The next race was at Anglesey. All went well with the journey up there and we stayed in a friends accommodation in Conway, all good. We had our first proper scrutineering in Anglesey and that went well too. I have to say in practice the car felt great, it actually did what I asked it to do and I was really pleased and hopeful for two good race results. Then came Lap 2 of Race 1: I will not go on too much with this as everyone knows what happened. All I can say is that I have never been so disappointed and annoyed with a race result and I also knew then that this would have ongoing consequences for the championship. With my tail between my legs we went home on the Saturday evening after spending a couple of hours trying to do something with the car for Race 2. I must also say at this point my misses was most supportive and helpful during this process but also very disappointed.
For the Brands Hatch race I had quite a lot of work to do to repair the left hand front suspension that was damaged in Anglesey but managed to complete this work thanks to Andrew Kemp and his magic welder. Brands Hatch is a couple of hours drive from home, we arrived at the circuit on the Saturday evening and parked up the trailer and then off to the Hotel. In contrary to Anglesey this was a much better result for me with two qualifying times for 6th on the grid. I had two good solid races and once again the car felt great. I was battling with a few people at the front for a change: the highlight was that I managed to overtake Peter Bove on the last corner of the last lap! Who would have thought that: thanks Peter!
The last race was at Mallory Park and once again we arrived at the circuit on the Saturday evening and parked up the trailer and then off to the Hotel. I was a bit disappointed with my qualifying result for this race, two 9th placed starting positions. Up to this point I knew I had a good chance of winning the Class B Championship from my previous results and provided I had a reasonable couple of race results all would be fine. Race one and the red lights turn off and away we go, all felt good, and I think I was in about 6th or 7th when I came out of the hairpin on lap 10 and went to change from 2nd to 3rd to find the front end of my gear change linkage disconnected and unable to change gear. I tried to relocate the linkage but realised that there was actually something broken at the gearbox end. I managed to leave the circuit at the marshal’s post on the Stebbe Straight and to drive straight back to my truck. On investigation the fault was found to be a broken £3.50 ¼ Rod End. I was devastated as I suddenly realised that I was now 3 points in arrears to Matt Urwin for the Class B Championship. I now also thought of the lost opportunity I had at Anglesey. To cut a long story short the gearbox linkage on my car is quite difficult to set up and although I managed to find a ¼ rod end of an incorrect thread length in my box of bits I could not fully set the gearbox linkage. I compromised with not being able to select 2nd gear which I needed for the start and the hairpin. For the start I used 1st and straight to 3rd and left the car in 3rd for the hairpin which sort of worked.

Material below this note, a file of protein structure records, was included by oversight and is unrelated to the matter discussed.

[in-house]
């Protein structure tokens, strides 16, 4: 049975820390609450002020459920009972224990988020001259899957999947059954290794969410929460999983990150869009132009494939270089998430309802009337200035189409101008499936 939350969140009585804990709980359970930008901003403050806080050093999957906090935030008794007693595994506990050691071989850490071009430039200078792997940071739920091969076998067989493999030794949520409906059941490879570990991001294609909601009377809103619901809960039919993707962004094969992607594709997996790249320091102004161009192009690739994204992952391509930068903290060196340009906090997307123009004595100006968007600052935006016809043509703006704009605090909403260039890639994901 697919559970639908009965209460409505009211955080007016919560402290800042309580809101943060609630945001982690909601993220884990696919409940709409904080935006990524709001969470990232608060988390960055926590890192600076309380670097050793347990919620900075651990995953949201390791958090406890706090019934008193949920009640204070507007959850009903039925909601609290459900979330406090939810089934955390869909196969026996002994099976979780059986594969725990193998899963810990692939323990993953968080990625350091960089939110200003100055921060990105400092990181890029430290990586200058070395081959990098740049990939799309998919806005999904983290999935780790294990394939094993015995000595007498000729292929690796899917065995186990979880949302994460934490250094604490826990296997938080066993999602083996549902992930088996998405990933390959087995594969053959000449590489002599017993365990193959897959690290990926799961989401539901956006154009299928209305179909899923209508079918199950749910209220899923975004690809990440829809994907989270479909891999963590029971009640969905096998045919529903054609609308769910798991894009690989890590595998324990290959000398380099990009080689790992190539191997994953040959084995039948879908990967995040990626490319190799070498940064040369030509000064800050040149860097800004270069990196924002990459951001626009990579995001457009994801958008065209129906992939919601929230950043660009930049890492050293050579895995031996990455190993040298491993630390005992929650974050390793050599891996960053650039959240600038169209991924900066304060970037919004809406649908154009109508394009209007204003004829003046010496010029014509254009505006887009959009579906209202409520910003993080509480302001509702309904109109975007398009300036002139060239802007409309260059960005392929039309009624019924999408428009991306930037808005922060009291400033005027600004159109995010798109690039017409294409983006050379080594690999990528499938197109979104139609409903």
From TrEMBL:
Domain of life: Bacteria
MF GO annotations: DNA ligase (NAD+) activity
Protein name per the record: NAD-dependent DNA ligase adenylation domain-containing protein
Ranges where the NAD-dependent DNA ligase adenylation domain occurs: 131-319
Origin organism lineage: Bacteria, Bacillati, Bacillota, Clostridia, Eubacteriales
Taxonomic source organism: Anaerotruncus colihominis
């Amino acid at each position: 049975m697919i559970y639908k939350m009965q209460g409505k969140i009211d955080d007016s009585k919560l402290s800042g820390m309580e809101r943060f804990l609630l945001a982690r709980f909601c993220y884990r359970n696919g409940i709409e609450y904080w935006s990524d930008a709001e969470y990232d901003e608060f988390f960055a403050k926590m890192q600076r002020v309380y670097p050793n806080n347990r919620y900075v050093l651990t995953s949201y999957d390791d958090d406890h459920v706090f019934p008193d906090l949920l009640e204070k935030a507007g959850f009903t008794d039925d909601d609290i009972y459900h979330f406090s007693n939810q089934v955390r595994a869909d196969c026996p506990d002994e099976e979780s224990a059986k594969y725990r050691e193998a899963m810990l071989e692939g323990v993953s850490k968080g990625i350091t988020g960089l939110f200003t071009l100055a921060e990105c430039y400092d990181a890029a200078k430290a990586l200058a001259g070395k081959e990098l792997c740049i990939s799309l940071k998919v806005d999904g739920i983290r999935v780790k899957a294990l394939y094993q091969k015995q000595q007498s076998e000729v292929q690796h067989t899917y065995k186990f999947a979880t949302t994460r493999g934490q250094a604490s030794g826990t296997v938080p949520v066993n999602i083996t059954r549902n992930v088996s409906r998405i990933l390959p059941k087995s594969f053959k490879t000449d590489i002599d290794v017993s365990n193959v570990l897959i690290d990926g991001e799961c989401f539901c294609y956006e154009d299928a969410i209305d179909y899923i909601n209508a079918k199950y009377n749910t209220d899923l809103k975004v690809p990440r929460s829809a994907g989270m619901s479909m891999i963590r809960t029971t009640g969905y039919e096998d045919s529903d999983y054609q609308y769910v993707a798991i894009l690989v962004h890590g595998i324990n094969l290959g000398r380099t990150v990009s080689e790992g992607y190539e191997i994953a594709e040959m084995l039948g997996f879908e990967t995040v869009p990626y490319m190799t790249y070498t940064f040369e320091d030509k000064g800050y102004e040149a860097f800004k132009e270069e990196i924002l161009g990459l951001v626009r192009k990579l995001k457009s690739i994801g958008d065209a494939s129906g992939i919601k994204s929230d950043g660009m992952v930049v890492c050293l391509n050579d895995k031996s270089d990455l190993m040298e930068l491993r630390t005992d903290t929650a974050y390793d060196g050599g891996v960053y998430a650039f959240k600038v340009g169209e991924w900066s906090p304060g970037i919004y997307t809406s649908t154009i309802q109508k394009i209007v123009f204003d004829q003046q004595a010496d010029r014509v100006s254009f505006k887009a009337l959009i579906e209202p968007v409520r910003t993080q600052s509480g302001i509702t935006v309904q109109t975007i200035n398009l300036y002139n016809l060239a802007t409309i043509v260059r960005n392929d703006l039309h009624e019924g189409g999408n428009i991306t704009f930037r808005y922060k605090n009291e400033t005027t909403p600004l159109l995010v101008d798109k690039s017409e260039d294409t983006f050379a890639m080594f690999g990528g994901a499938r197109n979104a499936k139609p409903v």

I won the Class B Championship in the end after all the points had been counted by just 3 points, Matt on 223 points and myself on 226 points. This was too close for comfort and I would like to congratulate Matt on a great first year in the 750 Formula and wish him the same success next year and a Class B Championship win.
Could I please also add my thanks to the 750MC management team for a great year in difficult circumstances, all the Marshals, Scrutineers, Medical Staff and the other people who make all this happen. I would also like to thank Steve Boother for a great job as the latest 750 Formula representative: He has worked hard to motivate drivers to take part and increase the competitor numbers at each venue. Last but by no means least my partner Angie for putting up with me and the endless time it takes to prepare and take part in this activity. If you sat down and worked out the time spent and the cost in monitory terms this activity makes absolutely no sense at all - but it is like a drug you can’t leave alone.
I look forward to seeing you all next year.
or was that, Ray.
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Photographs Courtesy of Jonathan Elsey